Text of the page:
According to the National Institute of Neurological Disorders and Stroke, cerebral palsy can result from periventricular leukomalacia, a serious condition in which white matter in the brain is damaged due to an insufficient amount of blood flow or oxygen. As this type of brain tissue plays a key role in transmitting signals to muscles, extensive damage to this area leads to impaired motor skills.

The basics of a medical malpractice case

Those who have suffered physical injuries, financial loss or other types of damages at the hands of their physicians often want to gain a better understanding of their legal options. According to the National Institutes of Health, medical malpractice lawsuits are essentially negligence claims. As such, Rhode Island residents who choose to pursue such cases must establish the four elements of a negligence lawsuit: 

  •          The health care provider in question owed a professional duty to the plaintiff
  •          This provider breached this duty through his/her failure to properly follow the profession’s accepted standards
  •          This breach caused an injury to the plaintiff
  •          Damages resulted from these injuries, and these damages can be rectified through restitution

If these elements are all satisfied, plaintiffs may be able to gain compensation that will address their physical, emotional and financial losses.   

What is involved in the informed consent process?

Medical malpractice lawsuits in Rhode Island often involve issues of informed consent. According to the University of Washington School of Medicine, the informed consent process requires that health care providers disclose to their patients any information that they may need to make a decision regarding the acceptance or refusal of a medical intervention.

Patients must have voluntarily consented to their interventions and be competent in order for their decisions to stand. These requirements are in place to counteract the powerlessness that many patients can feel in medical situations, particularly those involving serious diseases and invasive treatments.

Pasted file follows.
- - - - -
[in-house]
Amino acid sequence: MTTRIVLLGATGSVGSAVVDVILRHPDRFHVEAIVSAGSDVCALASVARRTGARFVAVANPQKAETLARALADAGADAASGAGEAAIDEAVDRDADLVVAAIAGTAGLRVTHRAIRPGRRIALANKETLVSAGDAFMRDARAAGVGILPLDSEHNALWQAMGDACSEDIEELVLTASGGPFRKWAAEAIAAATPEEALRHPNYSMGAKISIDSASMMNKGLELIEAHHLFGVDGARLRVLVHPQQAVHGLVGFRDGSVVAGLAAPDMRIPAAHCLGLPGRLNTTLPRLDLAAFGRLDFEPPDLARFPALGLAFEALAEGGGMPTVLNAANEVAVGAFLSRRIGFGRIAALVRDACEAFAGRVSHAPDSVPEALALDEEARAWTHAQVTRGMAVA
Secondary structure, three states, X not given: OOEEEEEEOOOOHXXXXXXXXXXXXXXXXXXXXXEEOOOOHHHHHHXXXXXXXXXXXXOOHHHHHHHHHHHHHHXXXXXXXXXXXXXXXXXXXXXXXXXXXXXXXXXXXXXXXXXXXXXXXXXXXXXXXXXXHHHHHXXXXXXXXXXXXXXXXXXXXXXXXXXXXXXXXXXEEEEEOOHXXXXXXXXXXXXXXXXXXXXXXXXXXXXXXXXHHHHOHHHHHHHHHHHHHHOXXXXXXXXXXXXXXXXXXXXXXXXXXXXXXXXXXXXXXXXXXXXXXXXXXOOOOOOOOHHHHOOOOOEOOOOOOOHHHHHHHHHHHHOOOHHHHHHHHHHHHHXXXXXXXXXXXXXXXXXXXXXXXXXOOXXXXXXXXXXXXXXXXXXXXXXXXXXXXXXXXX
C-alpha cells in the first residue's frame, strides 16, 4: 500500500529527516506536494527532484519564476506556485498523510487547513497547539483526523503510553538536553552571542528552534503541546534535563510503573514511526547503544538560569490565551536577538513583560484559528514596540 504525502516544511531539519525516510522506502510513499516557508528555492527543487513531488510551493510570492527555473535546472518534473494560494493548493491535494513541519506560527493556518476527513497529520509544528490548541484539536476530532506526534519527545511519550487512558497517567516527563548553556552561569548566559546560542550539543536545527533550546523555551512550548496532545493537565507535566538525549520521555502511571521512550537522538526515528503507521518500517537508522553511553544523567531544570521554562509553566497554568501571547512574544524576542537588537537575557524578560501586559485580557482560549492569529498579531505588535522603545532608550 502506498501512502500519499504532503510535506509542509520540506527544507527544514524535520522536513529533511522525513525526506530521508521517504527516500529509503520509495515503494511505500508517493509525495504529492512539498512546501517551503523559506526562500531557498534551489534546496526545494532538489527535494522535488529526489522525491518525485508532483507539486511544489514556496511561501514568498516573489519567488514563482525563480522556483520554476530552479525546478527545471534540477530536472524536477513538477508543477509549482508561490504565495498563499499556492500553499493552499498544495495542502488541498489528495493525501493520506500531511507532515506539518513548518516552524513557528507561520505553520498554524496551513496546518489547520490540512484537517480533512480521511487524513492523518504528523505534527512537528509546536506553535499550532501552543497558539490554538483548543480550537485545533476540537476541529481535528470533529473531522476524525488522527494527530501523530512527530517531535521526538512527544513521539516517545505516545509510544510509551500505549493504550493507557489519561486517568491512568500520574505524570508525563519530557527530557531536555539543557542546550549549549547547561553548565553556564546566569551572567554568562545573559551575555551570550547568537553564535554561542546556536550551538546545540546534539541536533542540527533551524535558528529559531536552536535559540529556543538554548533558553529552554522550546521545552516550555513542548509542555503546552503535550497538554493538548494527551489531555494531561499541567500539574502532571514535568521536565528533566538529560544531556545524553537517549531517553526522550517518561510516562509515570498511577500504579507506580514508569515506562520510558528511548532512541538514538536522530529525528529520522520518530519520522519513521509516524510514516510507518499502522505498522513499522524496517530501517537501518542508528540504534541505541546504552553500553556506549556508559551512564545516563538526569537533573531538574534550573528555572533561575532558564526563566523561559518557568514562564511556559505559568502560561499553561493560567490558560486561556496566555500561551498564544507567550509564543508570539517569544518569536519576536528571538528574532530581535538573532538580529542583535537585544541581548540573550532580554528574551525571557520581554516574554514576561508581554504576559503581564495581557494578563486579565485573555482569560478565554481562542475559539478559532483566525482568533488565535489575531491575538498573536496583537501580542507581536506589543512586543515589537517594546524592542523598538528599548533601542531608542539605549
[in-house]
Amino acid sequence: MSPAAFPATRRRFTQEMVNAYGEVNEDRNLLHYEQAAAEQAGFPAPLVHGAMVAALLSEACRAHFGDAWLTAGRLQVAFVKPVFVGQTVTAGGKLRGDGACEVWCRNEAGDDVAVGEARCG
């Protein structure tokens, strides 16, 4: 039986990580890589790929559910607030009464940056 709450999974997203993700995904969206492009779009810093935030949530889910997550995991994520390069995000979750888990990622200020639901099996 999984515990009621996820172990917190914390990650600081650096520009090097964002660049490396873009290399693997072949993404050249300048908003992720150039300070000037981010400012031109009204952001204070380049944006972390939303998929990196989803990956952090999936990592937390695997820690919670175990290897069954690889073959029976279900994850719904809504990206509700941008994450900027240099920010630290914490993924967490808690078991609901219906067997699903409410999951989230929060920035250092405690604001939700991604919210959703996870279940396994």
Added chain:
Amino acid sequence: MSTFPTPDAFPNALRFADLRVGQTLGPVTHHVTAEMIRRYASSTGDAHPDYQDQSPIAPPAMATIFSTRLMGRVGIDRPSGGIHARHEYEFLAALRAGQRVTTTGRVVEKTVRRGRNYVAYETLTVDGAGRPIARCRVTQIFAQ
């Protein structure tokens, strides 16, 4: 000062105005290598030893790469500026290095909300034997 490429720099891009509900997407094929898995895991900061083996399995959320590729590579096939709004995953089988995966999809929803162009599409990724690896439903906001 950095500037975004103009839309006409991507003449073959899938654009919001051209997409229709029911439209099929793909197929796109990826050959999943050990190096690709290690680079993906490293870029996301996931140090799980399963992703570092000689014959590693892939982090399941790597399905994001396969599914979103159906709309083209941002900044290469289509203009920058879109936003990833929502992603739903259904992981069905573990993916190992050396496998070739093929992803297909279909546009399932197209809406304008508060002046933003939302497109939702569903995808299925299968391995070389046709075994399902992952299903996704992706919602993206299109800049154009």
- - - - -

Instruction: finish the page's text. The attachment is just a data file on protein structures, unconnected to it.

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Cases of Interest

  • $15.7+ Million - Class Action Lawsuit Settlement
  • $10 Million Settlement - Brain Injury
  • $8.7 Million Verdict - Loss of Limb
  • $5,200,000. - Infant Brain Injury
  • $4,700,000. - Failed Spinal Surgery
  • $4.5 Million - Birth Injury Settlement
  • $4,000,000. - Wrongful Death Verdict For Failure to Diagnose Cancer
  • $3.6 Million Settlement - School Bus Negligence
  • $3,500,000. - Construction Site Injury Settlement
  • $3,000,000. - Construction Site Injury Settlement
  • $2,900,000. Settlement - Failure To Properly Treat Eye Cancer
  • $2.65 Million Settlement - Failure to Diagnose Brain Swelling
  • $1,607,000. Verdict - Negligent Prescription of Drug
  • $1,500,000. Verdict - Negligent Prescription of Drug
  • $1,250,000. Settlement - Failure To Treat Infection
  • $1,250,000. Settlement - Failure To Diagnose Fracture In Cervical Spine
  • $1.2 Million Settlement - Emergency Room Negligence/Wrongful Death
  • $900,000. - Physician Failure To Transfer Child With Life-Threatening Condition to Proper Hospital
  • $850,000. Settlement - Birth Injury
  • $700,000. Settlement - Failure to Advise Patient of Medical Finding
  • $300,000. Verdict - Slip and Fall
  • $375,000 Settlement - Auto Accident
  • $375,000 Settlement - Premises Liability
See all Cases of Interest

DeLuca & Weizenbaum, LTD.

DeLuca & Weizenbaum, Ltd. | 199 North Main Street | Providence, RI 02903 | Phone: 401-354-7233 | Toll-Free: 888-876-9415 | Providence Law Office Map